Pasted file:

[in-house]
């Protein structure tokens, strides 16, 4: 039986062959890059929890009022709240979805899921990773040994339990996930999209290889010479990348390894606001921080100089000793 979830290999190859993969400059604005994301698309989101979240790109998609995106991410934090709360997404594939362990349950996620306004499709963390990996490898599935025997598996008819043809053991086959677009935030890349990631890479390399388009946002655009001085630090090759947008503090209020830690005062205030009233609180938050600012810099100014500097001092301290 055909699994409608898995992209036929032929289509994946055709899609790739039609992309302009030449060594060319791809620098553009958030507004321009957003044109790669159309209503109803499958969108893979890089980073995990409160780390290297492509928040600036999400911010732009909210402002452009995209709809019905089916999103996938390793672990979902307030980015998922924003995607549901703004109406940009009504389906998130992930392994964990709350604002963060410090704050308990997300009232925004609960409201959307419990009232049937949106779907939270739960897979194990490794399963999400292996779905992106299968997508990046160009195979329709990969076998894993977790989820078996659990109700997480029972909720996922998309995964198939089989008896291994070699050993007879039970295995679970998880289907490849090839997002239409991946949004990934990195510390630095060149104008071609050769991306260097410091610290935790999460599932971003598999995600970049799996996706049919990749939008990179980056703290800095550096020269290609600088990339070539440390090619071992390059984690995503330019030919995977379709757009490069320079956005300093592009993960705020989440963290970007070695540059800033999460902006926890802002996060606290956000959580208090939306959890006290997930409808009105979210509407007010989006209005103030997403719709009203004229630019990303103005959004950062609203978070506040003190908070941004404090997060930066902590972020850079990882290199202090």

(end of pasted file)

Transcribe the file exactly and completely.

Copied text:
[in-house]
């Protein structure tokens, strides 16, 4: 039986062959890059929890009022709240979805899921990773040994339990996930999209290889010479990348390894606001921080100089000793 979830290999190859993969400059604005994301698309989101979240790109998609995106991410934090709360997404594939362990349950996620306004499709963390990996490898599935025997598996008819043809053991086959677009935030890349990631890479390399388009946002655009001085630090090759947008503090209020830690005062205030009233609180938050600012810099100014500097001092301290 055909699994409608898995992209036929032929289509994946055709899609790739039609992309302009030449060594060319791809620098553009958030507004321009957003044109790669159309209503109803499958969108893979890089980073995990409160780390290297492509928040600036999400911010732009909210402002452009995209709809019905089916999103996938390793672990979902307030980015998922924003995607549901703004109406940009009504389906998130992930392994964990709350604002963060410090704050308990997300009232925004609960409201959307419990009232049937949106779907939270739960897979194990490794399963999400292996779905992106299968997508990046160009195979329709990969076998894993977790989820078996659990109700997480029972909720996922998309995964198939089989008896291994070699050993007879039970295995679970998880289907490849090839997002239409991946949004990934990195510390630095060149104008071609050769991306260097410091610290935790999460599932971003598999995600970049799996996706049919990749939008990179980056703290800095550096020269290609600088990339070539440390090619071992390059984690995503330019030919995977379709757009490069320079956005300093592009993960705020989440963290970007070695540059800033999460902006926890802002996060606290956000959580208090939306959890006290997930409808009105979210509407007010989006209005103030997403719709009203004229630019990303103005959004950062609203978070506040003190908070941004404090997060930066902590972020850079990882290199202090």